Leadership Caffeine-Guiding Your Team off the Whiteboard into Action

image of a coffee cupThose first few steps towards action…those first movements beyond the whiteboard and into practice are some of the most difficult steps for many teams and organizations. Some groups naturally revel in the endless debate, while others hunker down behind the status quo, hoping not to have to extend themselves into that risky no-fly zone called change.

The best leaders understand the gravitational pull of the status quo. They also understand the finesse it takes to turn talk into action.

7 Ideas for Leading Your Team Off the Whiteboard into Action:

1. Set the stage for action by creating a Charter for your initiative. Borrowing from the time-tested, battle-hardened techniques used in project management, create a clear charter for your initiative. This offers context for the importance of the initiative…it highlights the expected outcomes and importantly, a good charter offers an explanation of the accountability of the participants for an outcome. It of course, also clarifies stakeholders…those with a vested interest in the initiative. Add a sponsor if the initiative is important enough, and use the charter and sponsor to keep the team moving forward.

2. Move forward as if you are leading a series of sprints, not asking the team to run a marathon. Help your team bite off digestible challenges in shorter working sessions. Keep the agenda narrow enough to allow for discussion focus, capture good ideas and actions, and invite the team to help define the next step. Reconnect in your next sprint session within a month…and ideally no further out than 3 weeks.

3. Mix things up by inviting outside viewpoints into the meetings. Nothing energizes a group quite like adding outside expertise to support education and idea discussion around a key initiative. Inviting outside participants fights against the tendency of groups to become insular, and it infuses new context and creativity into the discussions.

4. Create the right balance of homework and sub-team activities. This is an interesting balancing act for many team leaders. Our tendency is to create an explosion and expansion of activities, when the right thing to do is help the team identify the few focal points that will move things forward. Facilitate a prioritization process that ensures focus on the issues and actions needed to promote learning and step-by-step advancement of an initiative.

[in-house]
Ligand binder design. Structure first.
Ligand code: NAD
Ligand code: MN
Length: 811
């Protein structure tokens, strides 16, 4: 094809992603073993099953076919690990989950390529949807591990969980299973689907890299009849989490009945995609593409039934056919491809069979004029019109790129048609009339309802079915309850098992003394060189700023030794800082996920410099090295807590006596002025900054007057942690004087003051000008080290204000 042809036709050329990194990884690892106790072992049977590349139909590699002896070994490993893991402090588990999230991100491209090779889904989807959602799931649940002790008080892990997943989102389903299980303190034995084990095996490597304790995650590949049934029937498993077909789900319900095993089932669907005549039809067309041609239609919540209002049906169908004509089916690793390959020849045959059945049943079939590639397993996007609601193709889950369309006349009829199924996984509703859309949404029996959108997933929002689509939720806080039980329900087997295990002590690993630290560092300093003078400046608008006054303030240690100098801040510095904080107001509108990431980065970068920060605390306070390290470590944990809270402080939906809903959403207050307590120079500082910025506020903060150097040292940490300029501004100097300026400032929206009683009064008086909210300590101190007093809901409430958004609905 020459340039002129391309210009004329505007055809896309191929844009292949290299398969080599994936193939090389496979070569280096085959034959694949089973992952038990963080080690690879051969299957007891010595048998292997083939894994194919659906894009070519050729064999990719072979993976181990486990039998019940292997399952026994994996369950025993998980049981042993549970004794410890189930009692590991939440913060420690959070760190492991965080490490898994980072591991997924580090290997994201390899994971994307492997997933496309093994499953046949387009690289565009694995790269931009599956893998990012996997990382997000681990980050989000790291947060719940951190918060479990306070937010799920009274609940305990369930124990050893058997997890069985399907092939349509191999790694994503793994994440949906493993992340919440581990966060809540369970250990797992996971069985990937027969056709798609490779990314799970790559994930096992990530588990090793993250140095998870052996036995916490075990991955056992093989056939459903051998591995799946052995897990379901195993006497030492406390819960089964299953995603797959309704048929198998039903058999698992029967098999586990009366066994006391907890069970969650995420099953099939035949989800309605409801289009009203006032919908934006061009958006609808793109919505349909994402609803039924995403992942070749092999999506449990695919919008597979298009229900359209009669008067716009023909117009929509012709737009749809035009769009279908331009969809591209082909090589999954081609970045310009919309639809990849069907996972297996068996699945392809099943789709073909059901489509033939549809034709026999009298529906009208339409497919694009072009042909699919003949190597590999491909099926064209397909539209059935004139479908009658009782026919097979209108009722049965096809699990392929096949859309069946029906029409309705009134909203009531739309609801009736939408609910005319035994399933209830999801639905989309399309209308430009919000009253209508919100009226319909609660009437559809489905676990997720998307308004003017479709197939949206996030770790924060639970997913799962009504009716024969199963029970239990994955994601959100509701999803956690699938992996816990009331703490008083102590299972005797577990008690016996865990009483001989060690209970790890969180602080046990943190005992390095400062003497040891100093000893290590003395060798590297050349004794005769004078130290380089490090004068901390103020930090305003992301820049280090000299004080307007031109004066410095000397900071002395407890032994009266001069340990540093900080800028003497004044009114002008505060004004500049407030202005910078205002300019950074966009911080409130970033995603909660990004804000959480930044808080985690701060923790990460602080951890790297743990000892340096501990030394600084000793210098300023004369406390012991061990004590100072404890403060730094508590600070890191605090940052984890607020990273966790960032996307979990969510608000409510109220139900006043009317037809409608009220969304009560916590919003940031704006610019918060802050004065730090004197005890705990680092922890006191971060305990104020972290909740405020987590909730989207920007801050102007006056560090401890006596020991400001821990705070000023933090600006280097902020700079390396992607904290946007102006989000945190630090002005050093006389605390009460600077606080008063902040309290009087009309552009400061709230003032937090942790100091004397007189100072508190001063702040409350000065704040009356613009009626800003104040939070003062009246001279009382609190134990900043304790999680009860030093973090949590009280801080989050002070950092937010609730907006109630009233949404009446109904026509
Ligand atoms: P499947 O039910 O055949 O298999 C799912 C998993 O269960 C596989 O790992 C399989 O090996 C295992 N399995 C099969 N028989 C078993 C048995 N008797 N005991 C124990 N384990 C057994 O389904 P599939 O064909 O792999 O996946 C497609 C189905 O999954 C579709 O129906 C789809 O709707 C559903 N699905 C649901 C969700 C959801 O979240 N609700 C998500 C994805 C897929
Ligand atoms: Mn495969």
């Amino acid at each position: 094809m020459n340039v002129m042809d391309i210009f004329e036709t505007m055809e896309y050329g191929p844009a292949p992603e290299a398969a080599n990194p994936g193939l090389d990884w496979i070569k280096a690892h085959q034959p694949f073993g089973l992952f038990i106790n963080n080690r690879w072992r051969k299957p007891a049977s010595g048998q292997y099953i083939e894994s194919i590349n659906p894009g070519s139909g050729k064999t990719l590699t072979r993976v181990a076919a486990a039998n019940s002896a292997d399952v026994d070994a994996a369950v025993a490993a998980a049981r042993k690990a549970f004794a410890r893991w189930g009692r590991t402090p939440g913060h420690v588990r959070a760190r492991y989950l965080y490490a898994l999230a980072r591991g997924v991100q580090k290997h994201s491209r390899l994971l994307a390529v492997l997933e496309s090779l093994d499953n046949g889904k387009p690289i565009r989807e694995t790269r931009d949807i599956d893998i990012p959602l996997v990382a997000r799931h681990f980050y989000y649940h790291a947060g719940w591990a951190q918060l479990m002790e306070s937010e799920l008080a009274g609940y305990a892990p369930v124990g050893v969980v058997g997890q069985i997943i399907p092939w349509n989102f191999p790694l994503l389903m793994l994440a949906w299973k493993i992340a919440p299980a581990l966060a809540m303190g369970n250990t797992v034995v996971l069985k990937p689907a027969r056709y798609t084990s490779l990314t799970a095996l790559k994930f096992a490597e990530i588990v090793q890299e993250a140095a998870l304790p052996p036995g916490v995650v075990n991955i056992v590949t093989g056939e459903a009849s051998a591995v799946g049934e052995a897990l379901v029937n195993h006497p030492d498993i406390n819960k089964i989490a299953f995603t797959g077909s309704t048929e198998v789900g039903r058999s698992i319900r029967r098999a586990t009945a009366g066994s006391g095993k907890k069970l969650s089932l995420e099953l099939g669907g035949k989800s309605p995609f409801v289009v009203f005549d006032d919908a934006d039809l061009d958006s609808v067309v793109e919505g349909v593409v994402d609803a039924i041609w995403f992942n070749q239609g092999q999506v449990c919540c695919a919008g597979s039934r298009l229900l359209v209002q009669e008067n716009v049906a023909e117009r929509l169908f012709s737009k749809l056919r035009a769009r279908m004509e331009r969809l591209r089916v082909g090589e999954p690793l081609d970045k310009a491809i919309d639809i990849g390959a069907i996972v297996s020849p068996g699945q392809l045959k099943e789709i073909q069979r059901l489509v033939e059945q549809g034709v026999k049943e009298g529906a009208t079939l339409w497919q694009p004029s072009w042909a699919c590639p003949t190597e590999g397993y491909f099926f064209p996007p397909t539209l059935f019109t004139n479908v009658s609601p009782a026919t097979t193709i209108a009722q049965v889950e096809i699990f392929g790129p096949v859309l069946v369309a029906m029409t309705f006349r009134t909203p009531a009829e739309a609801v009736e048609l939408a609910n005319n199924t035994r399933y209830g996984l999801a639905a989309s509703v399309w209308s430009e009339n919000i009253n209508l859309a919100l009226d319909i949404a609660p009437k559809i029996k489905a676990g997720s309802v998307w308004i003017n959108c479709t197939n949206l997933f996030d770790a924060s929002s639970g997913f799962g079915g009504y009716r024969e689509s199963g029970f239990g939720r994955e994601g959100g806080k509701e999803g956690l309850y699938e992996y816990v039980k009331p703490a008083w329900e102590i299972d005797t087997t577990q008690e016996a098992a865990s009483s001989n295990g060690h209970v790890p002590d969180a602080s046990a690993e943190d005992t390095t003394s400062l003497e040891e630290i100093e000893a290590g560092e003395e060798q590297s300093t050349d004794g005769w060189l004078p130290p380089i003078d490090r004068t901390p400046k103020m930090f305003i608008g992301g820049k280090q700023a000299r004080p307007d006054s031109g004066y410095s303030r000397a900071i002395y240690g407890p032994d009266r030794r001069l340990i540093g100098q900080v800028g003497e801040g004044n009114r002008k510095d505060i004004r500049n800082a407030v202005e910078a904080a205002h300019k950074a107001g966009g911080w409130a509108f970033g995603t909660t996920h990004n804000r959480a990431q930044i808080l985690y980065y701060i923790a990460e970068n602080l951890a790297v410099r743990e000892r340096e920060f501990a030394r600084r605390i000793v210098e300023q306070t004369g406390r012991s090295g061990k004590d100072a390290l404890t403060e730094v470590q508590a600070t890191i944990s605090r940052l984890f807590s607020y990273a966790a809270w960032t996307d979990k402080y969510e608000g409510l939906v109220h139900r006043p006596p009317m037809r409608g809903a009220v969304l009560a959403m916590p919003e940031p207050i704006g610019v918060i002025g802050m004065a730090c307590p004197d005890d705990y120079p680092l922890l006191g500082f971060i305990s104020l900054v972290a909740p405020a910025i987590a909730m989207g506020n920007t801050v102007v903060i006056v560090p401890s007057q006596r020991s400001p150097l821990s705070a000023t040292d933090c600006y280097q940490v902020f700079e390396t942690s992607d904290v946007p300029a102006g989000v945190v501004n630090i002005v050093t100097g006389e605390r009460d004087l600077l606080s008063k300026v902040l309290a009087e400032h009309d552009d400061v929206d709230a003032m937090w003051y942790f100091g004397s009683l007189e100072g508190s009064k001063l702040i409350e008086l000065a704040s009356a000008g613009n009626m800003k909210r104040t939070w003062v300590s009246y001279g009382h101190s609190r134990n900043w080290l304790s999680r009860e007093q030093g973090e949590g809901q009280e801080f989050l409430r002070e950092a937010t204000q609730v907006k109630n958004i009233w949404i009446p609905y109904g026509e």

5. Recruit extended talent. Encourage team members to draw upon their own respective group members and other constituents for help. Just because a team is responsible for a topic doesn’t mean they are required to personally fingerprint every task. Bring in the subject matter and task experts as needed to accelerate progress and resolve bandwidth problems.

6. Similar to number 4, be careful on the number of major initiatives you introduce to an organization or to your team at any one point in time. The distance between great achievement is a thin, razor sharp, bloody line. Staying on the right side of that line for you team requires you to be well attuned to the stresses, strains and capacity for more of your team members.

7. Cultivate a culture of experimentation. The more complex the issue, the more likely it is to get stalled in debate. Encourage small-steps, reinforce results, reward learning, forget about punishing mistakes, and keep shepherding more and more ideas into experiments. Done right, the group will become self-driving over time.

The Bottom-Line for Now:

For many organizations and teams, rethinking the approach to pursuing group initiatives can pay huge dividends. It’s natural for people to talk and not commit, and it’s a human issue that we tend to prefer the status quo versus an unknown new vector. If the initiative is important enough to require a group to assemble, “projectize” it, and know that your role as a leader is to help those great discussion topics move from the whiteboard into the world of actions and experimentation.

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Comments

  1. Nice post, Art…

    It is easy to talk… It is easy to propose ideas and then make excuses as to why those ideas did not go anywhere…

    “It’s not my fault”, “I did not get enough resources” , “I am busy”, “No one ever listens to me”….. You get the point… You have heard them all before…

    Great leaders know that those excuses are for victims… Great leaders rally around great ideas – and focus on execution…

  2. Taking action if often very difficult indeed. To create momentum I would add these two to the list above:
    - Create an objective that is easily achievable and get busy immediately after the first meeting.
    - Lead from the front. The leader must play an active part in the initial phases of the project.

    Soren

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